Osteoarthritis is a disease of the joint that is caused by the progressive deterioration and loss of the articular cartilage that cushions the end of the bones. The high incidence of osteoarthritis has been partially attributed to the global epidemic increase in body mass index (BMI). Osteoarthritis has caused major individual and socioeconomic impacts in various countries across the globe. Thus, there is a need to understand and develop effective ways to treat this refractory disease. Previous studies have indicated that the enzymatic pathways responsible for the breakdown of the key structural components of articular cartilage (i.e. aggrecan and type-2 collagen) are suitable therapeutic targets for the treatment of osteoarthritis.
The articular cartilage comprises small leucine-rich proteoglycans (SLRPs) (e.g. fibromodulin and lumican) that play a critical role in the maintenance of normal cartilage and joint function. Although recent studies have indicated that degradative proteins like MMP-2, -3, -8, -9, -12, -13, ADAMTS-4 and ADAMTS-5 can be used for the extensive degradation of fibromodulin and lumican in osteoarthritis and the development of articular cartilage, the enzymes responsible for the proteolysis of SLRPs in osteoarthritis and the development of articular cartilage are not well-defined. Thus, this study aimed to use sequence-speciﬁc antibodies to elucidate the degradation of fibromodulin and lumican in osteoarthritis and the development of articular cartilage.
To this effect, University of Sydney scientists: Dr. Cindy Shu, Professor Christopher Little, and Professor James Melrose together with Dr. Carl Flannery at Bioventus LLC reported the susceptibility of ﬁbromodulin to degradation by the proteinases (i.e. MMP-13, ADAMTS-4, and ADAMTS-5) that are active during the development of articular cartilage and osteoarthritis. The research team used sequence-speciﬁc antibodies to identify the proteolytic enzymes that are responsible for the degradation of ﬁbromodulin and lumican in osteoarthritis. The research work was published in International Journal of Molecular Sciences.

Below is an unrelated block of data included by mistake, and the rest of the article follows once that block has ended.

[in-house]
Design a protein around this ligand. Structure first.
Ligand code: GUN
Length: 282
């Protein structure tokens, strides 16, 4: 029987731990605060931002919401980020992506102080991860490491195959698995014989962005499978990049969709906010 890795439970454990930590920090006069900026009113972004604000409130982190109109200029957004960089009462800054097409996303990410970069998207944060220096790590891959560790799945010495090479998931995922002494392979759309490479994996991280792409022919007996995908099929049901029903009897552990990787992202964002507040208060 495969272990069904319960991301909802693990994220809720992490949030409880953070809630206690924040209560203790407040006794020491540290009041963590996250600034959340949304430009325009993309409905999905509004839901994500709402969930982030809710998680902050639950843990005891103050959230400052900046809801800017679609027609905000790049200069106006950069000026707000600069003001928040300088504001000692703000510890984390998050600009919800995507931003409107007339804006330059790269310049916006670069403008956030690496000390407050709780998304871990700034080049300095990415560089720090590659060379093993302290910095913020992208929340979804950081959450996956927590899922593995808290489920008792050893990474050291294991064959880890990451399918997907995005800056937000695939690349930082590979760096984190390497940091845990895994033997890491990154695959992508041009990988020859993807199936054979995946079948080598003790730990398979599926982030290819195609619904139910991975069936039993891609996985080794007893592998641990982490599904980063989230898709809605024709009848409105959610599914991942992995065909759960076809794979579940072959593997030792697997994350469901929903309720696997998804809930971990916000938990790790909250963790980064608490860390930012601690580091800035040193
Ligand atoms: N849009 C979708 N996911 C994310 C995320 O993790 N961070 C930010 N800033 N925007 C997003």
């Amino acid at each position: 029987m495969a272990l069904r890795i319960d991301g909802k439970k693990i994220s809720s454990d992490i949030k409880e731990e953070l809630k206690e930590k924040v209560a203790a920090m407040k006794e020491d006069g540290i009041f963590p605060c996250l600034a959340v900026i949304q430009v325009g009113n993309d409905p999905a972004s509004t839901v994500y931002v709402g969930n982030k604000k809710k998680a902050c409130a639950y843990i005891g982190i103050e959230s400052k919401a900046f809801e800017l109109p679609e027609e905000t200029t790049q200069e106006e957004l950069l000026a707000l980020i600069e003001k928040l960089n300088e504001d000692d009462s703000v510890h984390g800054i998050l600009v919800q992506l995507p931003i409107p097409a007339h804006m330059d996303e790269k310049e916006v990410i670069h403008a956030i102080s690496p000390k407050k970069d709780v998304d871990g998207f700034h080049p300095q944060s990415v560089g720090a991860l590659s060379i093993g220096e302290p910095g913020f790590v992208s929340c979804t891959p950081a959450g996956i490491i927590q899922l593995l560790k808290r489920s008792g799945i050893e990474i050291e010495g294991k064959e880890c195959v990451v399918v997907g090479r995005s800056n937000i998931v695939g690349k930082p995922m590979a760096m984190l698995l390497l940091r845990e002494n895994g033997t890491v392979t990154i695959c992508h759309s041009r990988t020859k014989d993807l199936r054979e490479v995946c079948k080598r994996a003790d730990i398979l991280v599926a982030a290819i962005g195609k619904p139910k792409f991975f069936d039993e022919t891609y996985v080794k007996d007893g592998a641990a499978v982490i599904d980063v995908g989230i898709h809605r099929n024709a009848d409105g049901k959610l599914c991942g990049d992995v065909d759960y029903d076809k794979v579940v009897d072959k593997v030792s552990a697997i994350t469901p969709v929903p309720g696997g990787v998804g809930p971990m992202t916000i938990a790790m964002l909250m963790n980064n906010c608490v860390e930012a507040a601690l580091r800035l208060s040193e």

The authors observed that the distribution of MMP-13-cleaved ﬁbromodulin was more prominent in the terminal hypertrophic chondrocytes of the metatarsal growth plates while the distribution of full-length ﬁbromodulin was more prominent in the superﬁcial cartilage of both normal and ﬁbrillated zones in osteoarthritis cartilage. This distribution of MMP-13-cleaved ﬁbromodulin in the hypertrophic chondrocytes of the metatarsal growth plates was easily identified by TsYG11 antibody.
The researchers also observed that ADAMTS-4 and ADAMTS-5 generated FMOD fragments that were easily detected by TsYG11 antibody in ﬁbrillated and normal cartilage extracts from total knee replacements. However, PR-184 antibody failed to identify ﬁbromodulin fragments in ﬁbrillated and normal cartilage extracts from total knee replacements. Although the PR-353 antibody identiﬁed three lumican fragments in osteoarthritis cartilages, the in vitro digestion of cartilage samples with MMP-13, ADAMTS-4 or ADAMTS-5 did not generate similar fragments of lumican.
The novel findings documented in their study provide compelling evidence that ﬁbromodulin is susceptible to degradation by the three proteinases that are active during osteoarthritis and the development of articular cartilage. These findings will advance further studies on the specific roles of ﬁbromodulin in cartilage homeostasis and the development of therapeutic targets for the treatment of osteoarthritis.
Shu, C.C., Flannery, C.R., Little, C.B., and Melrose, J. Catabolism of Fibromodulin in Developmental Rudiment and Pathologic Articular Cartilage Demonstrates Novel Roles for MMP-13 and ADAMTS-4 in C-terminal Processing of SLRPs, International Journal of Molecular Sciences 20, 579 (2019).Go To International Journal of Molecular Sciences